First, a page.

Directed by Edward Ellis, Flor Salcedo and Aaron Woolf
Blessed with breathtaking landscapes and abundant natural resources, the South American country of Venezuela has also become renowned in recent years as the home to uniquely beautiful women celebrated in international beauty pageants. Indeed, Venezuela has claimed title to more global beauty competitions than any other nation in the world, successfully taking 6 Miss Universe, 6 Miss World, and 5 Miss International crowns.
The success of Venezuela’s pageant stars on the world stage has instilled an immense sense of national pride, while spawning an all-consuming obsession with physical appearance, and a desire by millions of Venezuelan girls to be a Miss.
Yet behind the glamor and fame that accompanies the pageants, there lies a more sobering portrait of what it means to be a woman in this Caribbean nation.
While millions of dollars are pumped every year into countless local and regional beauty contests and the powerful media interests that drive the industry forward invest massive resources in instilling the image of Miss Venezuela in the minds of young girls, essential services for women in the country are severely lacking, domestic violence is rampant, teen pregnancy is staggering, and deaths resulting from botched cosmetic surgeries are commonplace.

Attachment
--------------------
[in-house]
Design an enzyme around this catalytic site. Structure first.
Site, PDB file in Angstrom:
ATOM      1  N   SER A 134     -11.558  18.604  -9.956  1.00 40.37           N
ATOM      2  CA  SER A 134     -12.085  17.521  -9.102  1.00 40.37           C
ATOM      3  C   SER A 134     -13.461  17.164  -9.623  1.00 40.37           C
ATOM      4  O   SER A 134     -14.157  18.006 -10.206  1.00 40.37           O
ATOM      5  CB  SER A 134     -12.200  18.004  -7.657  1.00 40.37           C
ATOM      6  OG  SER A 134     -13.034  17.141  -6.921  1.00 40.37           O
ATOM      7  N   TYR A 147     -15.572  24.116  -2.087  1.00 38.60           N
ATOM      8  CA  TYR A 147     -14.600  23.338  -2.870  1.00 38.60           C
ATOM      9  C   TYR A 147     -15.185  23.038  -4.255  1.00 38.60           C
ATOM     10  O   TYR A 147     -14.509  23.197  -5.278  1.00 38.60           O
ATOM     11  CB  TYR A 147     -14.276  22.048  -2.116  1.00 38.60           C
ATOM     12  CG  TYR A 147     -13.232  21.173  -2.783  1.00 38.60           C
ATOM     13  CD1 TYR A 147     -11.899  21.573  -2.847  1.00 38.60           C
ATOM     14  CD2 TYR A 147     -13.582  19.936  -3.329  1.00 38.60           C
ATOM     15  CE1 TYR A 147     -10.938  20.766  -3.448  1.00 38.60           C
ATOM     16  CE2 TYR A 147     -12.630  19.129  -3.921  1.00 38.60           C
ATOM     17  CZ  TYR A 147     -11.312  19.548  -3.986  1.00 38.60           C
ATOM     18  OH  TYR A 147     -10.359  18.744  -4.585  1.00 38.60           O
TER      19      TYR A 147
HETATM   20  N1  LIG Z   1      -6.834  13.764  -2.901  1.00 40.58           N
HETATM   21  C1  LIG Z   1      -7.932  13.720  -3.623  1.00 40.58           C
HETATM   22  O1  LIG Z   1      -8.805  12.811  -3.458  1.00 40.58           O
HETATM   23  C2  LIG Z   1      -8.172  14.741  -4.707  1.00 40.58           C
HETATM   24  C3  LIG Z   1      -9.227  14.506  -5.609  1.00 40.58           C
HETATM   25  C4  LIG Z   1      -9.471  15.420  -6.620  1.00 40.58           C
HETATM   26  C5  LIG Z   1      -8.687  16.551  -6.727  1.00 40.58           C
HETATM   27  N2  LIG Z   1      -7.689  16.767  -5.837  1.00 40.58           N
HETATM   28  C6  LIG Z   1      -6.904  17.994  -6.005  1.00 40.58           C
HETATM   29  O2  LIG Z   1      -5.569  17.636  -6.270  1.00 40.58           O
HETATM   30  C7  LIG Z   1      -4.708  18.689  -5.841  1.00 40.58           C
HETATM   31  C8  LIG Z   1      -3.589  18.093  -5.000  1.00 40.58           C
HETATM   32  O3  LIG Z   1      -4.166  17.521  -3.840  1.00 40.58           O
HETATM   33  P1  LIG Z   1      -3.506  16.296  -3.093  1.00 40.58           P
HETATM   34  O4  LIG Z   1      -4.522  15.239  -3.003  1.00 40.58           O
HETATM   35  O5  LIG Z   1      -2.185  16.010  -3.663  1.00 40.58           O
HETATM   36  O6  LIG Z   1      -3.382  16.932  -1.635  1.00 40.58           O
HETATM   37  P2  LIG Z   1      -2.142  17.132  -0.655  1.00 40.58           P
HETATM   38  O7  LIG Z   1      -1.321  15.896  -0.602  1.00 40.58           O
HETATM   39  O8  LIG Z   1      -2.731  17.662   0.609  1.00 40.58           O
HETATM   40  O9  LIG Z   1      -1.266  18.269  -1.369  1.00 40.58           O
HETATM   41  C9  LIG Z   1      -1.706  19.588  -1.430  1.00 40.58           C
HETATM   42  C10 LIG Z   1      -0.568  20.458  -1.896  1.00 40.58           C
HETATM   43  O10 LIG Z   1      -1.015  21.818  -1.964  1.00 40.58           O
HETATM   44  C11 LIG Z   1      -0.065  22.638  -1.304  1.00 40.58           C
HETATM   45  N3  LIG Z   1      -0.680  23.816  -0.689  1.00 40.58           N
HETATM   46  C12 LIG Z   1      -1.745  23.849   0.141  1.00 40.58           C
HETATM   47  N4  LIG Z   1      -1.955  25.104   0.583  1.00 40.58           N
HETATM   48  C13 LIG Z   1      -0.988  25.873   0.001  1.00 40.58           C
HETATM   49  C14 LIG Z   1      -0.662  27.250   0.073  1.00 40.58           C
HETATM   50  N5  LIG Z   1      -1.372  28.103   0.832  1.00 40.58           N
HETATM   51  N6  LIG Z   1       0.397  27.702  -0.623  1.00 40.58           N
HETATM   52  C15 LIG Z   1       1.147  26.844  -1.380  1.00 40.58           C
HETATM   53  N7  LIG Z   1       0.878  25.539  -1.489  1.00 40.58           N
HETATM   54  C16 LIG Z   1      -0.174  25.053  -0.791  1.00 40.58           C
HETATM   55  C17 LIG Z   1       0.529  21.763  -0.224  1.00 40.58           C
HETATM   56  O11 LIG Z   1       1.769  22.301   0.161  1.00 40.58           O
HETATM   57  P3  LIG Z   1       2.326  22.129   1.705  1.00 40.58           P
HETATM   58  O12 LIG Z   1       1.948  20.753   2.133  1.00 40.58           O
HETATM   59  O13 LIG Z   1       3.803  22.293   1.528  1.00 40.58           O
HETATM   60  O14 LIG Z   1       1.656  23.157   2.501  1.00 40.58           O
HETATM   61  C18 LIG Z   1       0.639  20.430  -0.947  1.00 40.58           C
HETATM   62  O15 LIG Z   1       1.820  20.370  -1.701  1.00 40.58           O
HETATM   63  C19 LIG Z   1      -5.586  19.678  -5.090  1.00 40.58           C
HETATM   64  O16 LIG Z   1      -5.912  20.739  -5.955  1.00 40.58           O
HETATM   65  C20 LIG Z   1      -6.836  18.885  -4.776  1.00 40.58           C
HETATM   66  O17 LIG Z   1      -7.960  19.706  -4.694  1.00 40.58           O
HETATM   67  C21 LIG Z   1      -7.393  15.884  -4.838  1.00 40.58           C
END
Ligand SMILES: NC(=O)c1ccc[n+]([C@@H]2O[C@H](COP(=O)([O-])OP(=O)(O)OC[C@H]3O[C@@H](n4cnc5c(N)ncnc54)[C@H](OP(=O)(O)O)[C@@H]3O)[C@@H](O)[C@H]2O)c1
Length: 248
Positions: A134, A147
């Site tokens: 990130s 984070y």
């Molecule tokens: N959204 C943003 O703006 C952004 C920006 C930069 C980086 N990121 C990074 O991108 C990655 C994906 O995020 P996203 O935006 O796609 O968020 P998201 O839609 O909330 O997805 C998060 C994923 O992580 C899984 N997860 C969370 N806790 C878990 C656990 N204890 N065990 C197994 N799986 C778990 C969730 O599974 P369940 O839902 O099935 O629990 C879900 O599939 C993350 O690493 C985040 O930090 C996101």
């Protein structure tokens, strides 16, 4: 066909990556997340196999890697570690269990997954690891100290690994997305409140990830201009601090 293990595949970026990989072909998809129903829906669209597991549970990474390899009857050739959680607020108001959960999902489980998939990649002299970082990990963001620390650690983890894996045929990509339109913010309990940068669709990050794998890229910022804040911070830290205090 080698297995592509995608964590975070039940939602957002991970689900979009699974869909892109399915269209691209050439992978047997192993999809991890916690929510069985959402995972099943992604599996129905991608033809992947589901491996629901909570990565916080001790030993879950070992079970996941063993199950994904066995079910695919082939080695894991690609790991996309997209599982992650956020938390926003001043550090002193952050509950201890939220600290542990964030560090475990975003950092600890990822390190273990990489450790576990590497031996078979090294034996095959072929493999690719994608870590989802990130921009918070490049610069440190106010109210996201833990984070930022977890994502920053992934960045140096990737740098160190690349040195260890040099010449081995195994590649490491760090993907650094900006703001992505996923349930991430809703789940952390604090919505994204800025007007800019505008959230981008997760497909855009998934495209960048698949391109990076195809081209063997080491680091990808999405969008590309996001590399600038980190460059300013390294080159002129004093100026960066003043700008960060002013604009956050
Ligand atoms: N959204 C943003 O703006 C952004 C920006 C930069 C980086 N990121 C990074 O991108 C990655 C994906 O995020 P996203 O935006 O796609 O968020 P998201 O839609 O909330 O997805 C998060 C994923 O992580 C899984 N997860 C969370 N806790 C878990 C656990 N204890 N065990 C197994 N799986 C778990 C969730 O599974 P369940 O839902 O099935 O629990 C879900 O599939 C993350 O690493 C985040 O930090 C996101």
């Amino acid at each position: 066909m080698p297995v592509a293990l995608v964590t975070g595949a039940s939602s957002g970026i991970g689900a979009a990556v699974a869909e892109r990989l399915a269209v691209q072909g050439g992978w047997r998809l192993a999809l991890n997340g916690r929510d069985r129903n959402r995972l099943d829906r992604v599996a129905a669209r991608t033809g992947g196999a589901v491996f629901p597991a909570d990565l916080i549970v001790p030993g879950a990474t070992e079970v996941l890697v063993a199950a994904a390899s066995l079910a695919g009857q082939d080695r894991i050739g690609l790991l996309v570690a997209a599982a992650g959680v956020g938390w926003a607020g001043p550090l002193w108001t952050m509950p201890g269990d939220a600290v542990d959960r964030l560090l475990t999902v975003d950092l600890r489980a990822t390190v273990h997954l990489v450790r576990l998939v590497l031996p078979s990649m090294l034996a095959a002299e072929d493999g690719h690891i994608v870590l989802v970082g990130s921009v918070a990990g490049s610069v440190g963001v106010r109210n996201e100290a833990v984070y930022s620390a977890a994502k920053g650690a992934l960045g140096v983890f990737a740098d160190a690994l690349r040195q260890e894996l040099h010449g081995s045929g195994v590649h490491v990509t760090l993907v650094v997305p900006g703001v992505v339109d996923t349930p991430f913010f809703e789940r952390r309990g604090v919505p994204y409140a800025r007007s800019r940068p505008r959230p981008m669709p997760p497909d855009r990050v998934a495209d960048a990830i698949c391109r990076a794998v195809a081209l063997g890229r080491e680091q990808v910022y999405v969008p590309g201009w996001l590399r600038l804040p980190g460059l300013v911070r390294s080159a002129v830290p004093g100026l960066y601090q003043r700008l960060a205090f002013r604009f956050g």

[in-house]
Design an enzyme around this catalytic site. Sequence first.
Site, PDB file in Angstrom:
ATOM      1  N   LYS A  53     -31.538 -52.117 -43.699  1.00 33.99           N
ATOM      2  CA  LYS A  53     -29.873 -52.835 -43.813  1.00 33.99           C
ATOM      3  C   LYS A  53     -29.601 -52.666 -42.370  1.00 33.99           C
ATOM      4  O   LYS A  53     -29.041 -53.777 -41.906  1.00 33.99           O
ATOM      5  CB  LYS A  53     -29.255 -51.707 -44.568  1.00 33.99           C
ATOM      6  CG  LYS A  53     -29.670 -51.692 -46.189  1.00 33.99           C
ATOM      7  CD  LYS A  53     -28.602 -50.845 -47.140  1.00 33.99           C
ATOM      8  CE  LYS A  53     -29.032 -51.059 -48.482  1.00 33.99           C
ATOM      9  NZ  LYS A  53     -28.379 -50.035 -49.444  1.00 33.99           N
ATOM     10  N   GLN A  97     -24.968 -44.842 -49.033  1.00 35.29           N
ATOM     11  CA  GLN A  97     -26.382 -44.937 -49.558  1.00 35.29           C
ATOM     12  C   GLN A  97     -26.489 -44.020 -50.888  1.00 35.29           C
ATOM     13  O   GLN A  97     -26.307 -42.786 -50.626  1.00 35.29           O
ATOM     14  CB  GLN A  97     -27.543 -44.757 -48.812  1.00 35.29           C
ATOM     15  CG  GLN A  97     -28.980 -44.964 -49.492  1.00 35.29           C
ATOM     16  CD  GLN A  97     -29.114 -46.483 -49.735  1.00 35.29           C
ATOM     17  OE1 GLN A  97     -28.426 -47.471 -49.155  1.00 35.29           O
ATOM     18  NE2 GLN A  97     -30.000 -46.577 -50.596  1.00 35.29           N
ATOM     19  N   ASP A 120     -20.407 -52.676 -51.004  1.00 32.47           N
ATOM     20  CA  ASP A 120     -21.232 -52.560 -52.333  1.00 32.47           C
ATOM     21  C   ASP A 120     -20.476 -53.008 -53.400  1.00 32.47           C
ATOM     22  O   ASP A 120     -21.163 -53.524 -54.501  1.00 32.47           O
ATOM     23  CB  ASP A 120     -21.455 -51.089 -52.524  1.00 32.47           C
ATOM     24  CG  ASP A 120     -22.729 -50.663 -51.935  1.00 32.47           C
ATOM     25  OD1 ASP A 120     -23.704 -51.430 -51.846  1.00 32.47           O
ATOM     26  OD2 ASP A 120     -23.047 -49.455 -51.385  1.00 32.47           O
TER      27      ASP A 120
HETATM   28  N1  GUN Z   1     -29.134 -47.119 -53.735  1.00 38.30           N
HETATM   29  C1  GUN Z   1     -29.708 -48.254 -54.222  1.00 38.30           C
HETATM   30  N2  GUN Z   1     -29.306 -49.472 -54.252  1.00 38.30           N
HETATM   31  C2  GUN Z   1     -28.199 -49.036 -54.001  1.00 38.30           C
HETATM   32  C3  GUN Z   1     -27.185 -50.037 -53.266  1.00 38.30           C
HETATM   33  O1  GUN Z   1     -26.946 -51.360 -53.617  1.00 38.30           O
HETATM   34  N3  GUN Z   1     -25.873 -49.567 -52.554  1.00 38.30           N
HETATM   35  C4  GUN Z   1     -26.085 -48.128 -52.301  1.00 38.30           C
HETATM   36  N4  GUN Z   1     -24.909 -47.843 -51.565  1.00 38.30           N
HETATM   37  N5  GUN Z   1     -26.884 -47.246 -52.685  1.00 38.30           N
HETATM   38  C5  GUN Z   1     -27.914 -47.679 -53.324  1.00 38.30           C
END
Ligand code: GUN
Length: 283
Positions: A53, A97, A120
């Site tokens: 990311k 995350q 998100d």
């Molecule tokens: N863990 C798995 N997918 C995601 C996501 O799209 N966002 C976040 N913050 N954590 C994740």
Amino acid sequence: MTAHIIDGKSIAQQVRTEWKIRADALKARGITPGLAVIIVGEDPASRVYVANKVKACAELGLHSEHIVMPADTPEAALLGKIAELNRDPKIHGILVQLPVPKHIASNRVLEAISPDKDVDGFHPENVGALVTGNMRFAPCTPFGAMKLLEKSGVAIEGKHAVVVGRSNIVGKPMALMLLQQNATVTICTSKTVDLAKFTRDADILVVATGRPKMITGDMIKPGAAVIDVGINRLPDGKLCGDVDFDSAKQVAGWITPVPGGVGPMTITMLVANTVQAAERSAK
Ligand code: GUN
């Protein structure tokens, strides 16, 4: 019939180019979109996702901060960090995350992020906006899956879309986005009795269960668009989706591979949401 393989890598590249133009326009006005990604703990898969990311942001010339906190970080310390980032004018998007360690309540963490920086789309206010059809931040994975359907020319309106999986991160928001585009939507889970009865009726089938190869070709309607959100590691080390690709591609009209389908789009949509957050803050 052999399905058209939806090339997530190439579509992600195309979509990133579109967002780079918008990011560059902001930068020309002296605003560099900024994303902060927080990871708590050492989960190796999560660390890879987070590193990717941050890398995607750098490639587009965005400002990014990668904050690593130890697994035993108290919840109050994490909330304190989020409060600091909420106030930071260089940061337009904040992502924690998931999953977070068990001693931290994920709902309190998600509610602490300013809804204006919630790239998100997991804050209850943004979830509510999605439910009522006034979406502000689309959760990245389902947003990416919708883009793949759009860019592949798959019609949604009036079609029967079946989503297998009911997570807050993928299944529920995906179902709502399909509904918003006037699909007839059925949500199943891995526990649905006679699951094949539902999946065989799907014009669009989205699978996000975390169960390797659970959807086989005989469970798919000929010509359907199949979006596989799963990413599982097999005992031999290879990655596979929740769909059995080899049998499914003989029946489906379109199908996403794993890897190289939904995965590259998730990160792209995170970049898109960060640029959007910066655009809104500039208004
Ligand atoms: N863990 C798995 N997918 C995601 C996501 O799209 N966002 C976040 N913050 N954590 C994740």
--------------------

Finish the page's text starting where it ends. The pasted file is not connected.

To be a Miss is a feature-length documentary journey that takes the viewer through the inner workings of Venezuela’s beauty factory, exploring the hopes and dreams of young models as they strive to become the next Miss Venezuela. Following three central protagonists, the film exposes the risks and rewards associated with this multi-billion dollar industry while showing how nationalism, personal ambition, and the influence of mass media have transformed the lives of ordinary women in the country.